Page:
LBCs: Players immediately receive an LBC when they complete a sequence using all 6 of their dice. Players also receive LBCs during a round in which they pass their turn because they have already completed their six dice sequence.

Example: During Laura’s fourth turn she has to pass because she already completed her sequence during her third turn (see above example) but because she has already completed her sequence she will receive an additional LBC as a reward for completing her sequence before the end of the round. If Laura had been extremely lucky on her first turn & rolled a 1, 2, 3, 4, 5 & 6 therefore making her 6 dice sequence on her first roll she would have immediately received an LBC for completing her 6 dice sequence, then she’ll gain an additional LBC during her second turn, then third and fourth turn winding up with four LBCs by the end of that round.

LBCs can be used during a player’s turn in two ways and as many times as they can pay in cubes:

1.) Use an LBC to alter one dice result +1 or -1 before adding it to that player’s sequence. Players may use more than one LBC to change a dice result even further +1 or -1.

Example: Lucas wants to change his 4 to a 6 so he has to use two LBCs to change that 4 to a 6.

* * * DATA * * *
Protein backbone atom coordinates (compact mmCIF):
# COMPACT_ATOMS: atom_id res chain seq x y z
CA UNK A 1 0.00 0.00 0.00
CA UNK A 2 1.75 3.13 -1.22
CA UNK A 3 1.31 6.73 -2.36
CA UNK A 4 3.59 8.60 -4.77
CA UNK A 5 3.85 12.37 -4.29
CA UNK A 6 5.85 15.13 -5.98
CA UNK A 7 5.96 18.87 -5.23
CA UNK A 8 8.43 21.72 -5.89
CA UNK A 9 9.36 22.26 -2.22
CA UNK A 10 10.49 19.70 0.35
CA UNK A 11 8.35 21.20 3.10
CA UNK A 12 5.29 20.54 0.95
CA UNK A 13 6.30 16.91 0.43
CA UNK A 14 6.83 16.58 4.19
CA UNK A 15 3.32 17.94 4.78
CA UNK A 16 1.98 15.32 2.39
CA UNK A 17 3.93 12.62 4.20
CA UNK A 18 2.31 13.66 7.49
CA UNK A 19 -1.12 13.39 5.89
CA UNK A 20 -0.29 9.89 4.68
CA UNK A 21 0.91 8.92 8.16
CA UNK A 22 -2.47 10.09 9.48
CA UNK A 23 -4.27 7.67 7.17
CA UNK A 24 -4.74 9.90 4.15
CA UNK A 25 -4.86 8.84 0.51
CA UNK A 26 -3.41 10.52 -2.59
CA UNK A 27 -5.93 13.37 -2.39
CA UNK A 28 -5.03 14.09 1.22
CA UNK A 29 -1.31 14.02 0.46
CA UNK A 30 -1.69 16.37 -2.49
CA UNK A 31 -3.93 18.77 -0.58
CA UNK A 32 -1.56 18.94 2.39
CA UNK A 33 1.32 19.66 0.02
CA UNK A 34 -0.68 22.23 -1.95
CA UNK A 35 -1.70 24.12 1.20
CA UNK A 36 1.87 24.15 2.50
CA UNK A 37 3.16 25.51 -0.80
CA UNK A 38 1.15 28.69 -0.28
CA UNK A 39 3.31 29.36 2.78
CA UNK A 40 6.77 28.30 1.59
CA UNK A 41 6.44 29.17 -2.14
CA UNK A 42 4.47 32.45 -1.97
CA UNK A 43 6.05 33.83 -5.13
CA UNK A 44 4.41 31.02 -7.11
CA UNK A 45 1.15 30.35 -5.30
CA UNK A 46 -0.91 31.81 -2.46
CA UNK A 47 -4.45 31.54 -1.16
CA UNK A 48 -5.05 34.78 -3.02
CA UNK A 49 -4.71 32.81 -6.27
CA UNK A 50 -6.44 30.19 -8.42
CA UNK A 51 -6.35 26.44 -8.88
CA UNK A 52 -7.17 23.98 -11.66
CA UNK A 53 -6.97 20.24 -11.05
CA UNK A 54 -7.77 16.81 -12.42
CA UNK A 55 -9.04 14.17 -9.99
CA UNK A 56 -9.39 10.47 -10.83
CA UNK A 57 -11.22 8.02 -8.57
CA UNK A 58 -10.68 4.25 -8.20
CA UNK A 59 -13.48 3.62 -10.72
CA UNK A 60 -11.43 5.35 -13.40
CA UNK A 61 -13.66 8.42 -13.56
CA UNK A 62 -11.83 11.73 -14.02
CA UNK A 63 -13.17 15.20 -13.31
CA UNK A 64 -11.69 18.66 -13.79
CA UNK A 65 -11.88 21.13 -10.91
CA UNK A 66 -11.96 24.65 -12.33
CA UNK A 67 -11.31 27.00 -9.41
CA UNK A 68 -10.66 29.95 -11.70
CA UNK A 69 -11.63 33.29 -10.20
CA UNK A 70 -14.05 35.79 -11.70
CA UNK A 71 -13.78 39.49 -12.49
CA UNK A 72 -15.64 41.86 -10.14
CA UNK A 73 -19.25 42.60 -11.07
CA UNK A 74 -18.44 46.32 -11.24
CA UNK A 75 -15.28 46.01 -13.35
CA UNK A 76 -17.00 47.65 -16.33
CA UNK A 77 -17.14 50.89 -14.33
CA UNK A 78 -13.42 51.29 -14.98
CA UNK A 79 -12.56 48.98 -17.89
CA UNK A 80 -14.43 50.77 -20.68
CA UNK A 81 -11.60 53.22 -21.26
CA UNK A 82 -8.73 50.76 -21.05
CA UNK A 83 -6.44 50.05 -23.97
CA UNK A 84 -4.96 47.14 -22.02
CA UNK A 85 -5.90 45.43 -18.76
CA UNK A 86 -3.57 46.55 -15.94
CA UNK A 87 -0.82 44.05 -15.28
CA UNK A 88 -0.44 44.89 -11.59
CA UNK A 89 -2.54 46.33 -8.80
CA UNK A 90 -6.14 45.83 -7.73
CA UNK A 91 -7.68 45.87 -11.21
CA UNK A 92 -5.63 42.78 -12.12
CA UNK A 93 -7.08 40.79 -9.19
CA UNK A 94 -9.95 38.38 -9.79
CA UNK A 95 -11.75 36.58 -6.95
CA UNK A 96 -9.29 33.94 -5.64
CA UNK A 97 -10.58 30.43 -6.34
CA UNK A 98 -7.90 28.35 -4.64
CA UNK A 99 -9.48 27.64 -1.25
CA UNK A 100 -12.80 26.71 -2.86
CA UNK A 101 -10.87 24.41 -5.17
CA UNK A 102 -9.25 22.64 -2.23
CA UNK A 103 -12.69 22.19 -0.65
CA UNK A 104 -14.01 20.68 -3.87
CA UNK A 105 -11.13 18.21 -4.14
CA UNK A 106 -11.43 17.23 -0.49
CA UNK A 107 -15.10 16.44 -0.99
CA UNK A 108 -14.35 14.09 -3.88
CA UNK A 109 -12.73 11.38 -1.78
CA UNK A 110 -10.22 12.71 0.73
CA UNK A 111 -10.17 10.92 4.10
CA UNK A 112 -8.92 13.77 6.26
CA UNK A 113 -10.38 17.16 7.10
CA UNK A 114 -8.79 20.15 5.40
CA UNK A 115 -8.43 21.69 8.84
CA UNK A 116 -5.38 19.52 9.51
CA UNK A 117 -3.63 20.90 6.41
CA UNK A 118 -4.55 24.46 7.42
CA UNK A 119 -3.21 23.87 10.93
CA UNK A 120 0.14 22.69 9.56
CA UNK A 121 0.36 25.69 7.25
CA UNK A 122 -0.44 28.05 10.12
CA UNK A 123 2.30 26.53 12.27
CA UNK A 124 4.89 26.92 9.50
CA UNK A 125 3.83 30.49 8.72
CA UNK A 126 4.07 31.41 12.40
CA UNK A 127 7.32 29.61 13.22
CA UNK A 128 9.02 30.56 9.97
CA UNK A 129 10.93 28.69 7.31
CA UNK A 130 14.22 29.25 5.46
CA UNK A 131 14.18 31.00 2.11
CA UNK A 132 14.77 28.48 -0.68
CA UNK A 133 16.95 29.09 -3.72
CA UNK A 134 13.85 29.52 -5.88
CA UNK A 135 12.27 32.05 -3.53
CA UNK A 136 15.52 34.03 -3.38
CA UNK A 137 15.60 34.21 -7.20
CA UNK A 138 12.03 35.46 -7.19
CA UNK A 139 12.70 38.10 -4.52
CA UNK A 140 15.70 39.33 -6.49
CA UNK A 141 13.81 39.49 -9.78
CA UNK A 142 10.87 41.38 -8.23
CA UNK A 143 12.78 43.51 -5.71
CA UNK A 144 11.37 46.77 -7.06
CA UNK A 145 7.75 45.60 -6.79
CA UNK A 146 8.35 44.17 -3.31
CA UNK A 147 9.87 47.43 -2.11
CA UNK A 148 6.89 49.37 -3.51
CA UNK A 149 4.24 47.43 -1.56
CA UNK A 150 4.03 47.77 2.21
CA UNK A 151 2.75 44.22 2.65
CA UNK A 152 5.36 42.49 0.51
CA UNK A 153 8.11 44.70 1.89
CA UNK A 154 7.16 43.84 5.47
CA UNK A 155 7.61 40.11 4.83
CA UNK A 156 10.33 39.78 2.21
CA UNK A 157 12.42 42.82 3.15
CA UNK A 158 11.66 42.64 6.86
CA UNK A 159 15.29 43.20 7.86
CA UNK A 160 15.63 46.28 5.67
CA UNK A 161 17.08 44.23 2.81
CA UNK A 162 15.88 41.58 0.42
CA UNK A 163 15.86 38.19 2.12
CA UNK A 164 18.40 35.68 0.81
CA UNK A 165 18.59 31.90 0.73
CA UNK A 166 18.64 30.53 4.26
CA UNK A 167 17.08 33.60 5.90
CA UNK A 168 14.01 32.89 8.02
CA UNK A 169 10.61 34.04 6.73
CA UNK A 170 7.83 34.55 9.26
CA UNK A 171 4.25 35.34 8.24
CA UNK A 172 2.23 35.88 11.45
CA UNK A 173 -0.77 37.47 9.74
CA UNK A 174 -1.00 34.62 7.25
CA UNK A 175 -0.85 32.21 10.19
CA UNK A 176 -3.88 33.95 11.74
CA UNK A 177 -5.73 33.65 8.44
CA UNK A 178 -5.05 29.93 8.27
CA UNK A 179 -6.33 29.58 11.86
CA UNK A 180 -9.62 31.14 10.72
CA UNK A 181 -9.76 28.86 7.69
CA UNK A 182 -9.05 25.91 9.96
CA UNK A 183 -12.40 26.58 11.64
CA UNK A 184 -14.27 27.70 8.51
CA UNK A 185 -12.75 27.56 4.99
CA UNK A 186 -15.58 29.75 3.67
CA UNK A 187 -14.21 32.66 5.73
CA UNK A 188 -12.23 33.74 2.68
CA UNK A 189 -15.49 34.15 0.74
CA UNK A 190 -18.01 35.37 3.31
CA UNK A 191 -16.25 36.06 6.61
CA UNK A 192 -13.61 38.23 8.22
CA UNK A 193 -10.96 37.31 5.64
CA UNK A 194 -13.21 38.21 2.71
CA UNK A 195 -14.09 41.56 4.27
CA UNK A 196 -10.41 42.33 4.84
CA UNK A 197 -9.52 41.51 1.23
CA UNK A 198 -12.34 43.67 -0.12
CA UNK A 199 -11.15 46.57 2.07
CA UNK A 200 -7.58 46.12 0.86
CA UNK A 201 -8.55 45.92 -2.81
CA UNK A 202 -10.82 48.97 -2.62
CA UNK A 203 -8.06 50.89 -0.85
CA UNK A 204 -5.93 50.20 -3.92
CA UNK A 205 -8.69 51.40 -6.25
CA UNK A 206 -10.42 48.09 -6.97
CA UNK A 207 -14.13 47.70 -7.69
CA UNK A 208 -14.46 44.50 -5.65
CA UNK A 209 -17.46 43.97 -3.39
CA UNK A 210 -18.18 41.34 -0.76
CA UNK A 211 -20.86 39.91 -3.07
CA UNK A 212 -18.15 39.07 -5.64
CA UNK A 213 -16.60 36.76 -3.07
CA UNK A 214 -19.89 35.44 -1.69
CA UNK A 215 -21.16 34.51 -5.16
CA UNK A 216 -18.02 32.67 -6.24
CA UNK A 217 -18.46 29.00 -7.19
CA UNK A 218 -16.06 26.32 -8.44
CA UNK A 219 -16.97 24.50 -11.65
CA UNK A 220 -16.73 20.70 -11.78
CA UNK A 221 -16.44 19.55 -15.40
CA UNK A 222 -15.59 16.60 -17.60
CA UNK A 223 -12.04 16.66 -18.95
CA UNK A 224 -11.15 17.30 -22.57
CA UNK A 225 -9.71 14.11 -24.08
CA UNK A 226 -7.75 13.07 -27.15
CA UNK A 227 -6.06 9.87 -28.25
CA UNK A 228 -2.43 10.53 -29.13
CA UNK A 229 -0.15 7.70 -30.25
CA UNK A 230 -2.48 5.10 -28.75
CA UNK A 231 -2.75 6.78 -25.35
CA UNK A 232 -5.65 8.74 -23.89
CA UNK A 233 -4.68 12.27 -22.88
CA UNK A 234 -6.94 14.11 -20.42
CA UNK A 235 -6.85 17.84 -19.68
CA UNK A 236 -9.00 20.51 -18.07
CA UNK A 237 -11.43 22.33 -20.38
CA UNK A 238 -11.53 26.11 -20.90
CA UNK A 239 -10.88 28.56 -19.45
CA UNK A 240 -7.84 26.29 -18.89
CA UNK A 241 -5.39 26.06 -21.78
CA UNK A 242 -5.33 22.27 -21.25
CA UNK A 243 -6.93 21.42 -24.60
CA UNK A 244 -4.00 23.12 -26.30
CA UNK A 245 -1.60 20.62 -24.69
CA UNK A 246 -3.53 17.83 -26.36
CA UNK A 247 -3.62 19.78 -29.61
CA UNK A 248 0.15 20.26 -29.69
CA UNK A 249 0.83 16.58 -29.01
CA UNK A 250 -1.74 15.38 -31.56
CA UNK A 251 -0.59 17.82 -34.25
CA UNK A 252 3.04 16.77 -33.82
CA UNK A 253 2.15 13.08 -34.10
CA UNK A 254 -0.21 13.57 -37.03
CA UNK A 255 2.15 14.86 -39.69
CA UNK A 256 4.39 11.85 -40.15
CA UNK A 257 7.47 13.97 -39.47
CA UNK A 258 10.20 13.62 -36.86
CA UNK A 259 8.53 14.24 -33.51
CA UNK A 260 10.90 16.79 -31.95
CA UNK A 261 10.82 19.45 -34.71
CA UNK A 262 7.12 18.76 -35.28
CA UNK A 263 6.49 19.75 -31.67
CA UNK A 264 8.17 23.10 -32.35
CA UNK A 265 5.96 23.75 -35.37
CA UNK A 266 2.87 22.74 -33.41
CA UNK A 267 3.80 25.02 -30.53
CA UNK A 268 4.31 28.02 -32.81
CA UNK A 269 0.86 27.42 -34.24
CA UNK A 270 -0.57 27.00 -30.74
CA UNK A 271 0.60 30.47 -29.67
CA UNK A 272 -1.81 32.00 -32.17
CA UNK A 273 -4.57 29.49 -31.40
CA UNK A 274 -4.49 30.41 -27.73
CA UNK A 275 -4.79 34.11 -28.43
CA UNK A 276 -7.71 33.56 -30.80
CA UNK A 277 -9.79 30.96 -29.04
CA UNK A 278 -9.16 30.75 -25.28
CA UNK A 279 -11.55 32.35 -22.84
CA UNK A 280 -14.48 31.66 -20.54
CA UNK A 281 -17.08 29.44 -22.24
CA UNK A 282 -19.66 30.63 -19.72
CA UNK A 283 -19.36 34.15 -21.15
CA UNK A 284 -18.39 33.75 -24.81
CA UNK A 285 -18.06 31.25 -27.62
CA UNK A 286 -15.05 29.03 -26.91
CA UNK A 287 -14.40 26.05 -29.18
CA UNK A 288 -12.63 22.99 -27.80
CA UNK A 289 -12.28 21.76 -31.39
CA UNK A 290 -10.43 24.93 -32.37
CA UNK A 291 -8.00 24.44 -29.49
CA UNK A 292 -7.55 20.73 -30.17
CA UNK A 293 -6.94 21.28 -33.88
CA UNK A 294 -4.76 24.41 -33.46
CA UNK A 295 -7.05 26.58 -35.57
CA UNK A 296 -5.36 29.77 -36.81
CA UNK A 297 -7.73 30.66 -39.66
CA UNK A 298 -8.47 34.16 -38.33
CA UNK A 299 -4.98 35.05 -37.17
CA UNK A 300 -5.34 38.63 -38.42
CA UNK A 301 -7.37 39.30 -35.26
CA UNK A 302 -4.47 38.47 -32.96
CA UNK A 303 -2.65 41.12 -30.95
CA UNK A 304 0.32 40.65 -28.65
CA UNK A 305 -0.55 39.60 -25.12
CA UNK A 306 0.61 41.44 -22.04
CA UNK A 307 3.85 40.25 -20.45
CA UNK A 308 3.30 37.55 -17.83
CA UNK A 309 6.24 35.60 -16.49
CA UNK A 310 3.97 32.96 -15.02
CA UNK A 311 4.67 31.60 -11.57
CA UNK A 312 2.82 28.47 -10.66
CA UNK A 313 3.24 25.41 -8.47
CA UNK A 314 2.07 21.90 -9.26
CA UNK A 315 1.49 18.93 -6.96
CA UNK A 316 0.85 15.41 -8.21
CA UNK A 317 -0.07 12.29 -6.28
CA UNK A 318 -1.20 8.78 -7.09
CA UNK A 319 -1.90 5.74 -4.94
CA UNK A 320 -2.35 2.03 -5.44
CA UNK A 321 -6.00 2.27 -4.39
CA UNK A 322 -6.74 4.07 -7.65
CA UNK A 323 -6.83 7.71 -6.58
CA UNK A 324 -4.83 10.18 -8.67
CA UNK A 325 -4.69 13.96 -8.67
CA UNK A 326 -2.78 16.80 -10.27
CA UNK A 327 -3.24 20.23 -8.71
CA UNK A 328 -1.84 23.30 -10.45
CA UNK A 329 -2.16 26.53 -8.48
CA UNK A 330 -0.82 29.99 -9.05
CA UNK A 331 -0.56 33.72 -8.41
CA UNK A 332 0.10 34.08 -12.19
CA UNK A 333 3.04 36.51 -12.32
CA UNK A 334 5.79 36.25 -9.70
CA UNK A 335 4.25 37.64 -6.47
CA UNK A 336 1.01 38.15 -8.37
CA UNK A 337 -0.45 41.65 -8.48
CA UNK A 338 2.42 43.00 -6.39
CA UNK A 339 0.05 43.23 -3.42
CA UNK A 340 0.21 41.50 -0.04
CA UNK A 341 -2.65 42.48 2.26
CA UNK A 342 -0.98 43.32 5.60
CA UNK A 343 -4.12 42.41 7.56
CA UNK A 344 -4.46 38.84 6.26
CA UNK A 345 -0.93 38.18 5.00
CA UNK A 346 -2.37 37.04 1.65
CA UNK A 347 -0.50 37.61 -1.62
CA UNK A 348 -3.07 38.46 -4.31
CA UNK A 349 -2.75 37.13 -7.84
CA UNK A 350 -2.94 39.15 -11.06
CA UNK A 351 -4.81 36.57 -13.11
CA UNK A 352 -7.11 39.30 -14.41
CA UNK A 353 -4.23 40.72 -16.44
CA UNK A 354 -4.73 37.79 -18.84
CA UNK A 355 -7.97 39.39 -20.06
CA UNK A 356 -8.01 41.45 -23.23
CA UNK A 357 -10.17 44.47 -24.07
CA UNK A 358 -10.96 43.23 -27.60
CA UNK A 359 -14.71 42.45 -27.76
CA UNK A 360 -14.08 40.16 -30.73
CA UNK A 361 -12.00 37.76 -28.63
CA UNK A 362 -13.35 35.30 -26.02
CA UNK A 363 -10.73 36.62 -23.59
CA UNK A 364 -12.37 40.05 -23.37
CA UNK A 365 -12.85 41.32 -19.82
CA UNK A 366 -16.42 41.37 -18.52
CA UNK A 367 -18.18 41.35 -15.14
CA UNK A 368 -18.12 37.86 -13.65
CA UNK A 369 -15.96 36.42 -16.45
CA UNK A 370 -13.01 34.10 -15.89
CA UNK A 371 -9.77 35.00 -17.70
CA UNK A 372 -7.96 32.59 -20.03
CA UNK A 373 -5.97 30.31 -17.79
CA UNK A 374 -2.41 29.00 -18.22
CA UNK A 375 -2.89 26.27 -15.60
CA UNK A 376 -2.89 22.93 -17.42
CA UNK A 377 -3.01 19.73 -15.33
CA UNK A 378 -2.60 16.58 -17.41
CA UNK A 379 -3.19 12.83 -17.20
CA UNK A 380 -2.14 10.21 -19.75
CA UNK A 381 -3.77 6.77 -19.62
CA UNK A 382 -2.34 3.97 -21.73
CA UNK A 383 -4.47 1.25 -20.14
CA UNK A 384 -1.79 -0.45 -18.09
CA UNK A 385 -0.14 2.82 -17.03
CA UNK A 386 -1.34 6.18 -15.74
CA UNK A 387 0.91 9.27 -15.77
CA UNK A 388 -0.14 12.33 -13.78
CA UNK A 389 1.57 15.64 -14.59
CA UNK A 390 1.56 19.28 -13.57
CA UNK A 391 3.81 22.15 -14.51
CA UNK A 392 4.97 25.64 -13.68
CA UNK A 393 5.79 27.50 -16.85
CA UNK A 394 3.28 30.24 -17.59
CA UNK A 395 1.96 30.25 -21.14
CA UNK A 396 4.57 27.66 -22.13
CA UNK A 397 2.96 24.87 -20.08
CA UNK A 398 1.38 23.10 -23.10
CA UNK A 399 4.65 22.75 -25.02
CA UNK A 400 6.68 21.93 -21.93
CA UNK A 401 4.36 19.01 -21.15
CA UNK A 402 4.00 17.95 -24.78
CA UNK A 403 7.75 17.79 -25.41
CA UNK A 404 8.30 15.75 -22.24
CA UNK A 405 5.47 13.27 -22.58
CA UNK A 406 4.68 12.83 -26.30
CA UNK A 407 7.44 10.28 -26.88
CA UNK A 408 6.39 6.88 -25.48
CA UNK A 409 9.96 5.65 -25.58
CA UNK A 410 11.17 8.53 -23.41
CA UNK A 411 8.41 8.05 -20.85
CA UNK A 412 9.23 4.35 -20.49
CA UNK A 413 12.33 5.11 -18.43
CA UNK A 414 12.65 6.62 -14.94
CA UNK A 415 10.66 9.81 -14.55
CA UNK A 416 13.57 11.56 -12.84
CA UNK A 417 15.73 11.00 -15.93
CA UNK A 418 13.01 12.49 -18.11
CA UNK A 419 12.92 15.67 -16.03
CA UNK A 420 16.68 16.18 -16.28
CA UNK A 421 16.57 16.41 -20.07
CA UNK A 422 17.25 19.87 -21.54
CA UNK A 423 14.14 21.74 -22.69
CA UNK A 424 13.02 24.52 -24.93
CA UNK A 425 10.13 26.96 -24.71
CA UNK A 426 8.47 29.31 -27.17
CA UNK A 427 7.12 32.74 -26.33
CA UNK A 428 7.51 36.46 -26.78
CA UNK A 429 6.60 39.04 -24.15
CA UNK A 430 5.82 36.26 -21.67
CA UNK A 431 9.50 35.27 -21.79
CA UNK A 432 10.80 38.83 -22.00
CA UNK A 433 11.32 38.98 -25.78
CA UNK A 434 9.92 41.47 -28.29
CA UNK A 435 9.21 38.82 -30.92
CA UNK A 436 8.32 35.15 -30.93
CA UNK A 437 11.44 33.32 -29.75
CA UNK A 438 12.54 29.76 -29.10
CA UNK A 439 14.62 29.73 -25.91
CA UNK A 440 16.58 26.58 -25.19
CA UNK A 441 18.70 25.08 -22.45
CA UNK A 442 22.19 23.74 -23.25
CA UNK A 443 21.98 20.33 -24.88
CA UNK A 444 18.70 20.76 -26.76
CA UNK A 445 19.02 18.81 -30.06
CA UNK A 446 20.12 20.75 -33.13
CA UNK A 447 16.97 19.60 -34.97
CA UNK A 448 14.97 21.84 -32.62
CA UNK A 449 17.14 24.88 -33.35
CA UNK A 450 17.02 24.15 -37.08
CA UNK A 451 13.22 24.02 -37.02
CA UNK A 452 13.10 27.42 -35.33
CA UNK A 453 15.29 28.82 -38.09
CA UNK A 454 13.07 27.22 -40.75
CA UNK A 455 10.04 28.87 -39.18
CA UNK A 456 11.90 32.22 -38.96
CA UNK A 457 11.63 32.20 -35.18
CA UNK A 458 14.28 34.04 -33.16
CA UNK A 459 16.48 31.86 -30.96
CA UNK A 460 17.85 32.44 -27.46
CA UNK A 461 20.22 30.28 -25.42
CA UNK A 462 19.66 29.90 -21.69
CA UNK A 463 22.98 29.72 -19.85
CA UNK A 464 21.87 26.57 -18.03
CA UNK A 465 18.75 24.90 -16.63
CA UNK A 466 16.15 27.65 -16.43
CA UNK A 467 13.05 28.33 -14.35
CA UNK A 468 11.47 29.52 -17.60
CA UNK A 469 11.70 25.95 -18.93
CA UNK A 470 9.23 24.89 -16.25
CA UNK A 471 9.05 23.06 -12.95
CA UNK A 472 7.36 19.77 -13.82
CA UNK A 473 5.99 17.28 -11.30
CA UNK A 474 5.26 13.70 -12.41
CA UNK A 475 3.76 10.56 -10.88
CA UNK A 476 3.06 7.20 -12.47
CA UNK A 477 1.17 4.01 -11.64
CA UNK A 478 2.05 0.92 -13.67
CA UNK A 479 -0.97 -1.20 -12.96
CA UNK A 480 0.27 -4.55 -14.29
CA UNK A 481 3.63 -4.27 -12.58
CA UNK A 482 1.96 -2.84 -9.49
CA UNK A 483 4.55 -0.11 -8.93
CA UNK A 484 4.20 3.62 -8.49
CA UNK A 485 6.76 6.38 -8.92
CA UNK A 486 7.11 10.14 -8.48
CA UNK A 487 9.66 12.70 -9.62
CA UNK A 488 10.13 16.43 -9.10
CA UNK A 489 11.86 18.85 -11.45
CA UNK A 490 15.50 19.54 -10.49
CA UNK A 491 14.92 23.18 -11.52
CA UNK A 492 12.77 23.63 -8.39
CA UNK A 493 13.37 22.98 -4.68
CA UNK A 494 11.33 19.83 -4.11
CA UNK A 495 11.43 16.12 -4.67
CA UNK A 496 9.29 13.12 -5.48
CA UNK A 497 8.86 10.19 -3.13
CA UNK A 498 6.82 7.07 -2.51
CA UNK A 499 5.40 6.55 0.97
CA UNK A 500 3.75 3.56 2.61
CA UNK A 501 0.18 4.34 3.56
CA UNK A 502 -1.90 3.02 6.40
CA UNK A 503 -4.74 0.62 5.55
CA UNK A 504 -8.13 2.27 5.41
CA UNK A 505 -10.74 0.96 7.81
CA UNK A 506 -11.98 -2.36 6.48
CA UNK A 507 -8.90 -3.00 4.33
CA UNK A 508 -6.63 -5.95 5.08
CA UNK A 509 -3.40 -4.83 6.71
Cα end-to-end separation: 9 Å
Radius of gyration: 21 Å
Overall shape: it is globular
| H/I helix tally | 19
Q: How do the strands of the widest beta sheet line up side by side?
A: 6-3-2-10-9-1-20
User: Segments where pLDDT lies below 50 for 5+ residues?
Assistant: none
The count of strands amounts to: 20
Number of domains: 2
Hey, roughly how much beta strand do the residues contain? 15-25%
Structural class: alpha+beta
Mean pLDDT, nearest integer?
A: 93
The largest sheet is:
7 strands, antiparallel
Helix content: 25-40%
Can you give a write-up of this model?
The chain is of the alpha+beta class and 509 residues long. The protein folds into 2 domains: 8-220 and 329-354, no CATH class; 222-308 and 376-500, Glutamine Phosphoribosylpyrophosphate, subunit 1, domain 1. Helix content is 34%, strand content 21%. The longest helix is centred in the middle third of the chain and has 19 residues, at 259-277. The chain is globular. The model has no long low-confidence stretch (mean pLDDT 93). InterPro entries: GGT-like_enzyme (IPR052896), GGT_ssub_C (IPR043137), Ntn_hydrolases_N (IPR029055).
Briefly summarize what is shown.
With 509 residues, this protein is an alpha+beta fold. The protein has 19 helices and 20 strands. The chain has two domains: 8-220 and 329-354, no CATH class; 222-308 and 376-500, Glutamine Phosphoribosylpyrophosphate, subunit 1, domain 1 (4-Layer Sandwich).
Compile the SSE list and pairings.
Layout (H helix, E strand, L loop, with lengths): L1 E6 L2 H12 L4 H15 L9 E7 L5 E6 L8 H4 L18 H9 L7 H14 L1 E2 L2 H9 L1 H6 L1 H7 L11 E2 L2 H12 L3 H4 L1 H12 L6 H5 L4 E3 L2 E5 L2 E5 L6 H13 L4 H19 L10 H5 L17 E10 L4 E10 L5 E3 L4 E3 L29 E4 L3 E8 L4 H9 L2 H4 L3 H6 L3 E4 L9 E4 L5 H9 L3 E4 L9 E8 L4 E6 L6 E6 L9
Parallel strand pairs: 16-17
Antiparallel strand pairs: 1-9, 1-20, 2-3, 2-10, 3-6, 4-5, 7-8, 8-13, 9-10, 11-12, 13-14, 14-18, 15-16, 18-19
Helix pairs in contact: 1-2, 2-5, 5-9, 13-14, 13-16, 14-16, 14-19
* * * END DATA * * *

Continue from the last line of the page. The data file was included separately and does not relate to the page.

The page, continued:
2.) Use two LBCs to reroll any of their three dice of that player’s choosing (any 3 of 6, even if they’re already in their placed sequence).

Scoring: At the end of each round players will receive points based on their sequence they built for that round; 6 dice used in a sequence scores 6 points and that player receives an LBC, 5 dice used scores 5 points, 4 dice 4 points and so on… This happens at the end of all four rounds. In addition to scoring player’s sequences at the end of the fourth round LBCs are also scored as bonus points (for every 2 LBCs a player has remaining they score 1 bonus point). After all player’s scores are tallied the player with the most points win, ties are broken by the player who had the most unused LBCs. If still a tie then all tied players share the win!


To be honest, I don't have a high opinion of Roll for It. But, I think Roll for It actually has a level of strategy to it.

This game is very heavy on luck. Overall, there's nothing wrong with luck-based games ... just that it will be a "hard sell" on these forums.

Aside from that, I like your rule-writing.


Yup, very luck-based and not really for gamer types, more like for non-gaming family members like Gram and others.
Thanks for the good nod of rule writing, my wife said I should write rules as a side job, lol!
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George P.E., PMP, DM
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It looks a lot better than Tenzi

 
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mortego
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I was actually thinking of buying that game just for the dice!